Today we;re joined by Kir. Kir is a phenomenal artist who does a little bit of everything. They write, draw, voice act, and design games.They have a voice acting demo reel, a Steven Universe comic dub, and an author-approved full-cast narration of the first chapter of The Order of Odd-Fish. It’s clear they’re a passionate and dedicated artist, as you’ll soon read. My thanks to them for taking the time to participate in this interview.

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Ace Design

WORK

Please, tell us about your art.

I dabble in a lot of creative areas, like writing, drawing, voice acting, and making games! If it’s an art, I’ll probably try it at least once.

What inspires you?

Lots of things! Podcasts, cartoons, video games, my friends, my pets, weird bugs I see on the sidewalk. I conceptualized a whole cartoon series based on a cluster of garbage cans on the side of the road once.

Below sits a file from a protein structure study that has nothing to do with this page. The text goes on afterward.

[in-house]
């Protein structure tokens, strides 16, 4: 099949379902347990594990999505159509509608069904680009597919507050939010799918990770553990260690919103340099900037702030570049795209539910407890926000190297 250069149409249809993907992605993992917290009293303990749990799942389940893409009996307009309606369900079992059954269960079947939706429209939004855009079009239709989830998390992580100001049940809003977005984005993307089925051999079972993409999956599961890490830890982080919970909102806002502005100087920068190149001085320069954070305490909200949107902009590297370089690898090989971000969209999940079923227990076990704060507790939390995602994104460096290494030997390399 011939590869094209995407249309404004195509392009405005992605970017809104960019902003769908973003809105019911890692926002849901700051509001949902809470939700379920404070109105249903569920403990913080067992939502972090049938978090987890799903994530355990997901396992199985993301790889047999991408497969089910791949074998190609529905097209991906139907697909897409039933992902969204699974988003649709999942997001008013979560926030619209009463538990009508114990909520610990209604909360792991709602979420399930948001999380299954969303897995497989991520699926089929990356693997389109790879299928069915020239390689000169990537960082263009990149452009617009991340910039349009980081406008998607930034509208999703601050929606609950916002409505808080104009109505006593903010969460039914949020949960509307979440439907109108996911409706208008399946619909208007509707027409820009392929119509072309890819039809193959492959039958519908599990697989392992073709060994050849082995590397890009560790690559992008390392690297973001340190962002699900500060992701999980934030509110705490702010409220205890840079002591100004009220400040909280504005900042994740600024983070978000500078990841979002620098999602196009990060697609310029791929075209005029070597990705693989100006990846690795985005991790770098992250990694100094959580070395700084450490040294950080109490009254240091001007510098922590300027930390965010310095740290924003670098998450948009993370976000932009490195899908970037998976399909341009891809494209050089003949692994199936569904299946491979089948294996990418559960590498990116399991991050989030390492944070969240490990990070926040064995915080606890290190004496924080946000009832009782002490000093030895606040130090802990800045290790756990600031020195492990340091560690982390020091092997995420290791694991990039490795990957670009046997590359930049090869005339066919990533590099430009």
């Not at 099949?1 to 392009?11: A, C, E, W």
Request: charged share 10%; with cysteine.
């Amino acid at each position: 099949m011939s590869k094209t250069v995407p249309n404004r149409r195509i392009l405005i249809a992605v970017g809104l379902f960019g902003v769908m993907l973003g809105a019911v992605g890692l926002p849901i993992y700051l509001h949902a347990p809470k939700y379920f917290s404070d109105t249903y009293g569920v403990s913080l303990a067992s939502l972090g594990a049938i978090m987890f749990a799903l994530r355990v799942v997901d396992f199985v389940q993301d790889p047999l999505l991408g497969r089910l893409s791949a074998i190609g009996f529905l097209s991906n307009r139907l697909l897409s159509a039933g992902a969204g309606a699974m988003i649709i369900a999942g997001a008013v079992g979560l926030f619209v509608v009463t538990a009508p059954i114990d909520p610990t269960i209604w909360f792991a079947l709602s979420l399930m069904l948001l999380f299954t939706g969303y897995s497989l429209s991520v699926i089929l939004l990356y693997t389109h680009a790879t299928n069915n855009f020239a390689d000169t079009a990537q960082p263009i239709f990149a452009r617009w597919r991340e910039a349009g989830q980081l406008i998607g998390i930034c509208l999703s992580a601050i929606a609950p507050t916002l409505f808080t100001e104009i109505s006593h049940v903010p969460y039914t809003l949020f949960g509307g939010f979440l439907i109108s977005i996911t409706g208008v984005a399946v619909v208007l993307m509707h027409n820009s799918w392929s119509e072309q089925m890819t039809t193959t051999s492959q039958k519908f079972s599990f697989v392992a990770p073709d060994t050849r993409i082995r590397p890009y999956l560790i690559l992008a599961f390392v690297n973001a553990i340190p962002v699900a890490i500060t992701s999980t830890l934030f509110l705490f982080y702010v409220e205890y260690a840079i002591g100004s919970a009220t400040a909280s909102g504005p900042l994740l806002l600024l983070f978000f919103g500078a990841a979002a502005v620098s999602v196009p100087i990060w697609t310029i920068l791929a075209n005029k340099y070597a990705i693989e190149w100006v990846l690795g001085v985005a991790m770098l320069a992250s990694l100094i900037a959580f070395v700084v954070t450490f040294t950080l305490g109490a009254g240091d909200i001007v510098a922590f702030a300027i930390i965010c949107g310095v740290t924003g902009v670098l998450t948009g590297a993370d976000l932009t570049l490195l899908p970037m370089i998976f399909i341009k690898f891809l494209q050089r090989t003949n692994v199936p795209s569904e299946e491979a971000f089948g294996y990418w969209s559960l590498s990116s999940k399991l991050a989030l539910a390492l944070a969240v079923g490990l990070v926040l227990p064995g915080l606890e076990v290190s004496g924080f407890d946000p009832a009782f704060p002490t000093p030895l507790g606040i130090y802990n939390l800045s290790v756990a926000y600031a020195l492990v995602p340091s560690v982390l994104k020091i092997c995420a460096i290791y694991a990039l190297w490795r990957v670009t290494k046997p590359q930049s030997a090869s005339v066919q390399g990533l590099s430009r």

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Chris Derp

What got you interested in your field?  Have you always wanted to be an artist?

Honestly, probably Pokémon. I’ve been obsessed with that since I was a kid. It’s what first inspired me to draw, then to write, and it’s definitely been a big inspiration for making video games.

I’ve wanted to be an artist in some form or another since I was at least 12 (before that I actually wanted to be an ornithologist and study birds all day, haha). For the longest time, I wanted to be a novelist, and it’s only been the last few years that I’ve been really exploring other writing styles and other fields of art.

Game Map mock-up
Game Map mock-up

Do you have any kind of special or unique signature, symbol, or feature you include in your work that you’d be willing to reveal?